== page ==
Is Your Chorus Good Enough?
As a songwriter, are you ever worried that your chorus is not good enough? Not catchy, not interesting, not what you hoped it would be?
When I write songs, I often have trouble finishing them. I complete the lyrics and melody, sometimes with the help of others, sometimes on my own. But almost always I have what I call a chorus crisis.
I worry the chorus is not quite catchy or interesting enough. Then is I try to rework it many times over and I get all confused about which is the best version. Maybe I should just have stuck with the original chorus?
What is a chorus?
For many it's the core message of the song - the signature, the centrepiece, the hook. The chorus puts a flag in the ground and says I'm here. It typically contains the song’s melodic motifs and memorable moments as well as lyrical content that is repeated through the tune. It summarises the story and tries to give the listener the bigger picture.
Think about the chorus as not being part of the lyrics, but being the song itself. The reason for the song. The Chorus should give the song direction and clarity. It's a tool that can be used to make sense of the lyrics.
What is a verse?
If the chorus is a billboard, the verses are the structure that holds up the billboard. They are there to support the chorus and explain why it's there, or ask questions about it. Each verse usually has different lyrics but a similar melody and chord structure.
The verses should progressively build up to the chorus, leading to that moment when your chorus opens its heart with profound or important lyrics. These lyrics are often more personal and look at the finer details by telling a story.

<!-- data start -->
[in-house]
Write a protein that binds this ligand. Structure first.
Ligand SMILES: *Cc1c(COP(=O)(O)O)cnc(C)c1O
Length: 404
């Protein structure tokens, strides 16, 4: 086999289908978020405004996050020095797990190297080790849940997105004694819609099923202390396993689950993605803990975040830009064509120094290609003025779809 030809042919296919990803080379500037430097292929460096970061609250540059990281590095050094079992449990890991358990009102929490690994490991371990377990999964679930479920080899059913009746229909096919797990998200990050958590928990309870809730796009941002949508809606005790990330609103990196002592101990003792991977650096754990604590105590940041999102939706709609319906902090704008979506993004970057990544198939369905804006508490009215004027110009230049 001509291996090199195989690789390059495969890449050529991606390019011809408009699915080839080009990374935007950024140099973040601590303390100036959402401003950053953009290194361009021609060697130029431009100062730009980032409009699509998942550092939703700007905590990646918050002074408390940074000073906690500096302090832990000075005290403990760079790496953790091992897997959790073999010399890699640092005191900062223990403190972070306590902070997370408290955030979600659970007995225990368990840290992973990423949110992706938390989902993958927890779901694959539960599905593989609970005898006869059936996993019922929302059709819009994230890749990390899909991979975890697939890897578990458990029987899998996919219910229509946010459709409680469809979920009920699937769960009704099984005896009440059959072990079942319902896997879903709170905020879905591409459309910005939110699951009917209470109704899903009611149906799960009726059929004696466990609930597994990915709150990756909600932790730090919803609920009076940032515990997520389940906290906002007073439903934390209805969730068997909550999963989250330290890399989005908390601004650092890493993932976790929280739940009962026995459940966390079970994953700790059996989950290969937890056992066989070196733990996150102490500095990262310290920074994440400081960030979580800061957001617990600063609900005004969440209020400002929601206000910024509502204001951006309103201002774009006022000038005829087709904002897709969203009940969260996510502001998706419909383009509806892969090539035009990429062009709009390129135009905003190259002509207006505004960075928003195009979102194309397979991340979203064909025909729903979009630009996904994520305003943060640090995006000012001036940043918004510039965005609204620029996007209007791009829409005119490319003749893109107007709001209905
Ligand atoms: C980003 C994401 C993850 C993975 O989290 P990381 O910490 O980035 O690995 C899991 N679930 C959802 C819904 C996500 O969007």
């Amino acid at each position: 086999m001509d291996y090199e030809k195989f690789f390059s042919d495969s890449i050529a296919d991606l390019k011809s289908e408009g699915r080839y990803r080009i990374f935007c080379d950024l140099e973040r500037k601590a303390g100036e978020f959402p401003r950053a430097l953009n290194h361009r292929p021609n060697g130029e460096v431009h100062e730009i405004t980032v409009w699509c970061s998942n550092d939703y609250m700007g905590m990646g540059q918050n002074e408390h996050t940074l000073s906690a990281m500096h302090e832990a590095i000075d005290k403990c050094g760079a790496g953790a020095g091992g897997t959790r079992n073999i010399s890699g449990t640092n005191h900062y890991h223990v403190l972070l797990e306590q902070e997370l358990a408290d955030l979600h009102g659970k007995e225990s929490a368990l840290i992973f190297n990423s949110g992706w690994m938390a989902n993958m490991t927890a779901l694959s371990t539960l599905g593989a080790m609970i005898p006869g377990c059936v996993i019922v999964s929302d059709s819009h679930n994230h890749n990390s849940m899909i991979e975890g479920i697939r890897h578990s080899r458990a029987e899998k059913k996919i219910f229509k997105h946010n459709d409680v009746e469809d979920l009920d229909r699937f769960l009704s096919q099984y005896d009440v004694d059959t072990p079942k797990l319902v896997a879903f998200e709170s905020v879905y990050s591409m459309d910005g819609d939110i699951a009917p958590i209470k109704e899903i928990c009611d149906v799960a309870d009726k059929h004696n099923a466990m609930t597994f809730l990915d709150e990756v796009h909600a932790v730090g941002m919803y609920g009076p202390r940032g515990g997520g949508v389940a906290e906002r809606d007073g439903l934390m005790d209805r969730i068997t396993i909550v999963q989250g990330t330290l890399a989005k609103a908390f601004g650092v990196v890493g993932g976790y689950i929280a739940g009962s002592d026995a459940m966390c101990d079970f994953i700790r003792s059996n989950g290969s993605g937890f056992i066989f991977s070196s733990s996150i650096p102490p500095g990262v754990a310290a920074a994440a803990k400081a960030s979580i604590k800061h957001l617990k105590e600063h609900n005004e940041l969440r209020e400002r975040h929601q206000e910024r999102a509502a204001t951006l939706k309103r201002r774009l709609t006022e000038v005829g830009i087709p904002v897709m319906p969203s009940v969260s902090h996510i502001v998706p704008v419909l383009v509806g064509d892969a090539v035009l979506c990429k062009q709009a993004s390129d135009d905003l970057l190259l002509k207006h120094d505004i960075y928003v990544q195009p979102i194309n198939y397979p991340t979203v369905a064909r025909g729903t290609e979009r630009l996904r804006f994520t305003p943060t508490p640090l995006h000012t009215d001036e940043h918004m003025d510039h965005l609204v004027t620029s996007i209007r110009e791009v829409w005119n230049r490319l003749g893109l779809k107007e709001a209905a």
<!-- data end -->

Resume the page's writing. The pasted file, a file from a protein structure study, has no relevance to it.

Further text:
How do you solve a chorus crisis?
One simple idea to try first is to start with the chorus and build the verses around it. That way you can quickly discard ideas you don't like, rather than waste lots of time crafting out verses, only to find you have writers block with the chorus.
Once you've found a chorus you like, write verses with lyrics that explain the chorus. You could use each verse to look at the chorus from a different perspective, or a way of chronologically charting the story.
Another idea is to save all your versions of the chorus, by recording it into your phone or computer. Then, at a later date, refer back to them when your song hits a chorus crisis. You might find your original version was the best one and better than you realised.
You might find it useful to have input from another songwriter or lyricist. Look for those people who are genuinely willing to support you. Collaboration is a great way of writing more interesting songs and helps with writers block or a bottleneck you just can't get past. You may also make a new friend!
Play your music to others to see how they react. You will soon get an idea of whether the chorus is good or not. A good chorus works when it can be sung easily - the sing-ability. You may notice this much better when you sing it to other people.
Try recording your song and work on the instrumental parts and gradually let the words form through the music.
Finally, one piece of advice is always worth noting. Keep it simple.